This ravine is found at Highbanks Metro Park; according to employees the stream has no official name. An 1856 Atlas of Delaware County shows it as “Spring Run” but other atlases since then show no name.
It flows into the Olentangy River. A trail that begins next to the nature center crosses over the stream via the bridge shown in the photo. The ravine walls and base of the stream are composed of many layers of oil shale.
Looking down from the bridge. Visitors are allowed to leave the trail to explore the stream.
Closeup of a wall of shale.
Water flow draining from the previous flood plain on the deposit side of the stream has created an alluvial fan.
Rush Run has its headwaters in a retention pond north of I-270, then travels south to 161, turning southeast on its way to the Olentangy River, where it is surrounded by a Columbus Recreation and Parks nature preserve.
Photos were taken in the summer of 2020 by Ellie Nowels.
Entrance to the park is found behind the rental office of Broadmeadows apartments.
Just beyond the trees is the confluence with the Olentangy River.
One of several small tributaries in the parkland.
Still walking eastward, the path on the south side ends right before the western end of Walnut Grove Cemetery. A large sewer pipe crosses the stream here; on the north side, the park continues into the village of Riverlea, with a number of walking paths in the woods.
This is the section of Rush Run that runs between Proprietors and McCoy roads. The stream bed and ravine walls are primarily shale throughout this section.
Property owners along this section (Proprietors to McCoy) enjoy this natural treasure.
Fractures and moss give texture to the shale walls.
Plenty of food for the wildlife!
As you approach the culvert under 161 just east of Proprietors Road, there is plenty of evidence of human activity.
This area of the stream does have some invasives but also good stands of hardwood. There is a good amount of riparian woodland on both sides of the stream for the majority of the length of this section.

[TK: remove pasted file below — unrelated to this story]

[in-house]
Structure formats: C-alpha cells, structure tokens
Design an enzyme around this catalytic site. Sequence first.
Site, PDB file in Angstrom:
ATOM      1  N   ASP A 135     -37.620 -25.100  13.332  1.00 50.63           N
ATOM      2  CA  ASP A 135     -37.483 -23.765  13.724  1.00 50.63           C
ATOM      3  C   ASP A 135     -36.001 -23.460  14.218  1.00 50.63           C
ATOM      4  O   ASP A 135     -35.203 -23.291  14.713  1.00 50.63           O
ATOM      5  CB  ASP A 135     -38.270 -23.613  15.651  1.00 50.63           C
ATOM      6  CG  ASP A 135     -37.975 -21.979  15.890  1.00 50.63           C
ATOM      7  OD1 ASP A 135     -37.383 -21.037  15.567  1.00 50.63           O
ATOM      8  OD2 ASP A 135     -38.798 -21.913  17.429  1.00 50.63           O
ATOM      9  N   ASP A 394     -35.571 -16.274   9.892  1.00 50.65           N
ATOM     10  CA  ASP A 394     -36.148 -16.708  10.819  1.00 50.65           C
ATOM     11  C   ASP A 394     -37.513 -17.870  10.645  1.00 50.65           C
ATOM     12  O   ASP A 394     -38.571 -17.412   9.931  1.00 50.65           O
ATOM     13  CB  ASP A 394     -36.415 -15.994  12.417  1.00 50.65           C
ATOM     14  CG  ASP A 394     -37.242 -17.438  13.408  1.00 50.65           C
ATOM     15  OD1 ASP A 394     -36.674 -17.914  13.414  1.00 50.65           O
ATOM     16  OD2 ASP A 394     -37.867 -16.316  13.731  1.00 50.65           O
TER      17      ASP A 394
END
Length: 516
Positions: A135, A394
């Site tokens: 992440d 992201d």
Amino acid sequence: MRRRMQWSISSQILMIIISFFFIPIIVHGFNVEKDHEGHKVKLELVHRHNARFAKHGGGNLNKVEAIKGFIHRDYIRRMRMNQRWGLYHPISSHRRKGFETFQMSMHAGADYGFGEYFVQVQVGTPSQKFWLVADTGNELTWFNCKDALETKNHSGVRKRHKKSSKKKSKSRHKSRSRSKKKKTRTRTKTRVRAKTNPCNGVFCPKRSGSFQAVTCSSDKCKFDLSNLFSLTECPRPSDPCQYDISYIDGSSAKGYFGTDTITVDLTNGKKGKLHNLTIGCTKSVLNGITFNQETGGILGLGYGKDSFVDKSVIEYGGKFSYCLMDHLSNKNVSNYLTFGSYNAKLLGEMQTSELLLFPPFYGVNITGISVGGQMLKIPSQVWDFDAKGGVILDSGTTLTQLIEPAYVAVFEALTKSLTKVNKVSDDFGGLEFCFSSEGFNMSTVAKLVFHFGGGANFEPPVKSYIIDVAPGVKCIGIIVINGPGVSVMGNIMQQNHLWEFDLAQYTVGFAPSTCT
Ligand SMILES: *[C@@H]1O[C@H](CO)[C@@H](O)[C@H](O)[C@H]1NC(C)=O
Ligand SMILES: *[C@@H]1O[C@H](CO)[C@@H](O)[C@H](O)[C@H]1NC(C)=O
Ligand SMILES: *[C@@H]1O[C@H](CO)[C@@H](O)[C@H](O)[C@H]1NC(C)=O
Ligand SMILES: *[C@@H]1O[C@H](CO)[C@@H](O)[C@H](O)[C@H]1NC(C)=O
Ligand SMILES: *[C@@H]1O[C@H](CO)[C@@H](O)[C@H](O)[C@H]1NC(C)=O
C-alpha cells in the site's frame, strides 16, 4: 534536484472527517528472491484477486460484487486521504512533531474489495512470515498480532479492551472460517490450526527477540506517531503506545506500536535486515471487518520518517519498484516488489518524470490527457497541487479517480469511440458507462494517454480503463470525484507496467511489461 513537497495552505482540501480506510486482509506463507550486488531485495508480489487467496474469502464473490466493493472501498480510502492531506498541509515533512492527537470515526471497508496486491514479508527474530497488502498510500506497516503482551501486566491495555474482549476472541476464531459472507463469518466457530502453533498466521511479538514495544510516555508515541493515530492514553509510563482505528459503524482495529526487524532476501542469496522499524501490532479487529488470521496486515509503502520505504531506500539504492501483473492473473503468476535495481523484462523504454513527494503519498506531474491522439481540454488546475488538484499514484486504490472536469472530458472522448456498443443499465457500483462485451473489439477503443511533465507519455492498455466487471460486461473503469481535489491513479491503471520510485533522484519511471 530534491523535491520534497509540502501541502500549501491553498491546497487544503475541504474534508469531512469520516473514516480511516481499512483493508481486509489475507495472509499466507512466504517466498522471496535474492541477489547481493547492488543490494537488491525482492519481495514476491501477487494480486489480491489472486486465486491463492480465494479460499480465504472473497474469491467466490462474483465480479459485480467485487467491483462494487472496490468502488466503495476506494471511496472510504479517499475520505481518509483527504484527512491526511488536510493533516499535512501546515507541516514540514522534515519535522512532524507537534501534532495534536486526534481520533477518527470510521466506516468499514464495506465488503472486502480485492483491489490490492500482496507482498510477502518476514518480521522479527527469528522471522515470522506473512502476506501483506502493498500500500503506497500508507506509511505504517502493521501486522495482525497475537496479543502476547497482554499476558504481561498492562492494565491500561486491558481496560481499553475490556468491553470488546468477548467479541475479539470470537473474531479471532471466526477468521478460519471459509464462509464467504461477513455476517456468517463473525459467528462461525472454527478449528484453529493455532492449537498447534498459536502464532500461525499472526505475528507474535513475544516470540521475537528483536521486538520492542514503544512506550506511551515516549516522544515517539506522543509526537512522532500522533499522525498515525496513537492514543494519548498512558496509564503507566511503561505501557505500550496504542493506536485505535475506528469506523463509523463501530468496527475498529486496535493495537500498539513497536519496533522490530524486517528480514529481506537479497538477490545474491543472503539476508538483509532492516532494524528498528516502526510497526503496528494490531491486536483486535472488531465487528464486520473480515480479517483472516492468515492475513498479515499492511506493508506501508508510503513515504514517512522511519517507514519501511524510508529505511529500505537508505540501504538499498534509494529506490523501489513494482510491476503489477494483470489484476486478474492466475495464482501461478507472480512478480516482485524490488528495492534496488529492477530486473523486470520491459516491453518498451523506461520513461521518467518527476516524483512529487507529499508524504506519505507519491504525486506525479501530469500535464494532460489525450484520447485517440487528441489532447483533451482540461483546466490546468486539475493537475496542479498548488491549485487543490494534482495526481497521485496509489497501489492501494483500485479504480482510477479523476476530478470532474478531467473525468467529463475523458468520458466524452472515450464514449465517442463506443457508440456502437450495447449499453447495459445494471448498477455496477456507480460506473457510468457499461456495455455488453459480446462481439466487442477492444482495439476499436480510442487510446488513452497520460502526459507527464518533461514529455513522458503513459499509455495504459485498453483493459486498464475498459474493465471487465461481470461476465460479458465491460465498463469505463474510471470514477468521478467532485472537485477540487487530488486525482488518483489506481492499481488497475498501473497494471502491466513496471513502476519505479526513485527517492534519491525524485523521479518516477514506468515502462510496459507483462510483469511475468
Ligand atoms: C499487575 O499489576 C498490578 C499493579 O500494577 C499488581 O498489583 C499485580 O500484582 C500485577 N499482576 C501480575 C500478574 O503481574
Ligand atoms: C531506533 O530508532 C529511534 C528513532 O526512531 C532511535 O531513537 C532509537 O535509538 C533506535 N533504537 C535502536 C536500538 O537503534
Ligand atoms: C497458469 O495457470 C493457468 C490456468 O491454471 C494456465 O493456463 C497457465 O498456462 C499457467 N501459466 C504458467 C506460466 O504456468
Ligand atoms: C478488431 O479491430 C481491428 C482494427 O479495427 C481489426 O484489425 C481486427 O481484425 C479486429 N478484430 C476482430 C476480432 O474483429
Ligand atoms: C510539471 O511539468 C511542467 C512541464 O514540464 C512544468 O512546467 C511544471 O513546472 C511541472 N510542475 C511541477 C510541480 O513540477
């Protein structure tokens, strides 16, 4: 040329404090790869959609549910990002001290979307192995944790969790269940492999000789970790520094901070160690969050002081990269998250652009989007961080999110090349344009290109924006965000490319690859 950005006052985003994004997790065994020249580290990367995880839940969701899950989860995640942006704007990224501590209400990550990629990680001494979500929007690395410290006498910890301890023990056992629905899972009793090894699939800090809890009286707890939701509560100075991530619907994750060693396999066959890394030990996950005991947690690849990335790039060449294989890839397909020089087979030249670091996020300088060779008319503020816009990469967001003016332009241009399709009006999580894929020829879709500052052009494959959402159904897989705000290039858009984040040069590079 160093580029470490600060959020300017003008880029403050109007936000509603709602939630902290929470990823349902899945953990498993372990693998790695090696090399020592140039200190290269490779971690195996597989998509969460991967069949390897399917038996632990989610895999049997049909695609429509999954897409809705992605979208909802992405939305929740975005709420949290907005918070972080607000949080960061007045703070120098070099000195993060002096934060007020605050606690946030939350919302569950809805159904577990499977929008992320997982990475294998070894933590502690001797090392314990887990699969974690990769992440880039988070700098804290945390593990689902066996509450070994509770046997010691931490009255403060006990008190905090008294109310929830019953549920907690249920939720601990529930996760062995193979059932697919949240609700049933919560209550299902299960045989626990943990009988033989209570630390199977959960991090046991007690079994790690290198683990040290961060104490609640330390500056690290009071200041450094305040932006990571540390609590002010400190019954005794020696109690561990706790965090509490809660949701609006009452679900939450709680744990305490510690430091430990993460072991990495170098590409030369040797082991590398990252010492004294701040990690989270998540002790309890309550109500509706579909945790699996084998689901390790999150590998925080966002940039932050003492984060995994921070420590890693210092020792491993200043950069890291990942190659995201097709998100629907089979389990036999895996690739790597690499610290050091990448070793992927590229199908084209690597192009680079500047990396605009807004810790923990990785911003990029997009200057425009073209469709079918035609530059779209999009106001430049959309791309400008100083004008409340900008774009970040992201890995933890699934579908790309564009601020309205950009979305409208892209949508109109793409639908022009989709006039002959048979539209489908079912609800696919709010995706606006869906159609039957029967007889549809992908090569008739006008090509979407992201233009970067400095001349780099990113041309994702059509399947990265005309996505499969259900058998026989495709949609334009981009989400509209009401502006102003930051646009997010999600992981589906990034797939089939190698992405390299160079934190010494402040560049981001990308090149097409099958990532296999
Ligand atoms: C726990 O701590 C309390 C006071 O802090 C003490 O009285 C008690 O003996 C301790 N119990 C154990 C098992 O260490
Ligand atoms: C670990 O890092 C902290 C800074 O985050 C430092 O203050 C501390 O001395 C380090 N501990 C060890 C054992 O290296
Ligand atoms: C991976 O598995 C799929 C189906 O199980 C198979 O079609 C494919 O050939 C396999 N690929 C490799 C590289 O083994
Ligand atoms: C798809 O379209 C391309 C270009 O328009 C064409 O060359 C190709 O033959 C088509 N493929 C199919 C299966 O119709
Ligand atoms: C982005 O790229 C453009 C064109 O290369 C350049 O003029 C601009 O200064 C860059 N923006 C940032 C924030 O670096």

Young pawpaw saplings.
Very few flowers were evident (early October), but this great blue lobelia and white snakeroot were still hanging on.
Erosion is intense in some areas.
There are a number of abandoned bridges or other structures along the way; this is near the Blind School and goes over a small sub-tributary.
Not until it approaches the Worthington Gardens apartments does the gravel and sediment base give way to a shale base.
Many concretions can be found in the stretch that goes through the apartments. The channel is narrower here and the walls show the ancient shale layers.
There are 19 nature preserves in Franklin County that are owned by Columbus Recreation and Parks. This is one that is quite small and not well known. Old Beechwold is accessed from North High St. a little bit south of Graceland Shopping Center and Kenney Park, and is a neighborhood of stately homes, mature trees (beech and others), and lovely gardens. This unnamed tributary is channelized at the east end (at Rustic Bridge) and flows into the Olentangy. It’s a small park, unmarked, with foot access at Rustic Bridge and on Riverview where it curves into Olentangy Blvd. The stream isn’t shown on USGS topography maps or on Google maps, but it was flowing even in the middle of a dry summer.
July, 2020 – Photos by Ellie Nowels
This is the east end of the preserve; the stream is channelized from the Rustic Bridge east to its point of origin.
You can follow the dirt path at the top of the hill or climb down into the ravine to walk in the stream.
A shale-lined stream bed makes for a lovely walk.
A number of nice concretions in the stream bed.
Where the stream enters the Olentangy it passes under some sewer pipes. There are no public pathways north or south along the river bank.
Be among the first to explore this new MetroPark acquisition using Clean Ohio Conservation Funding. The parkland is a ravine system located east and along Big Walnut Creek, and north of Blendon Woods Metro Park. More details will be posted on Friends of the Ravines website and Facebook page.
Please note: Shafer Park is a primitive setting with no running water or restroom facilities. Please bring a reusable bottle to stay hydrated.
Walk Guides: Metro ParksAssistant
Resource Manager Carrie Morrow and Forest Ecologist Andrew Boose.
Wear comfortable shoes. This is a rain or shine event. FOR T-shirts will be on sale for $25.
On a sunny, but chilly day, an enthusiastic crowd stood on an observation deck overlooking a large patch of trout lilies. A ravine slope along the edge of the Scioto River with mature, leafless trees set the stage for emerging spring ephemerals whose beauty was highlighted by Friends of the Ravines’ annual plant walk. On our walk, we saw specimens of cut-leaved toothwort, Dutchman’s breeches, spring beauty, bloodroot, Virginia waterleaf, and harbinger-of-spring. And here and there the landscape was dotted with the familiar blue blossoms of Virginia bluebells and common blue violet. Leading walk were Metro Park Naturalists, Carrie Morrow and Gregg Wittman who told the history of the 620-acre park located just eight miles south of downtown Columbus.
After the one-and-a-half-hour walk, participants socialized and enjoyed hot chocolate and cookies at the park’s Arrowhead Picnic Area. Metro Parks has developed this park for people of all ages and abilities to experience nature and enjoy quality time for family and friends. Be sure to check Friends of the Ravines’ Facebook page and website for information about FOR’s 2019 Annual Plant Walk. Location TBA.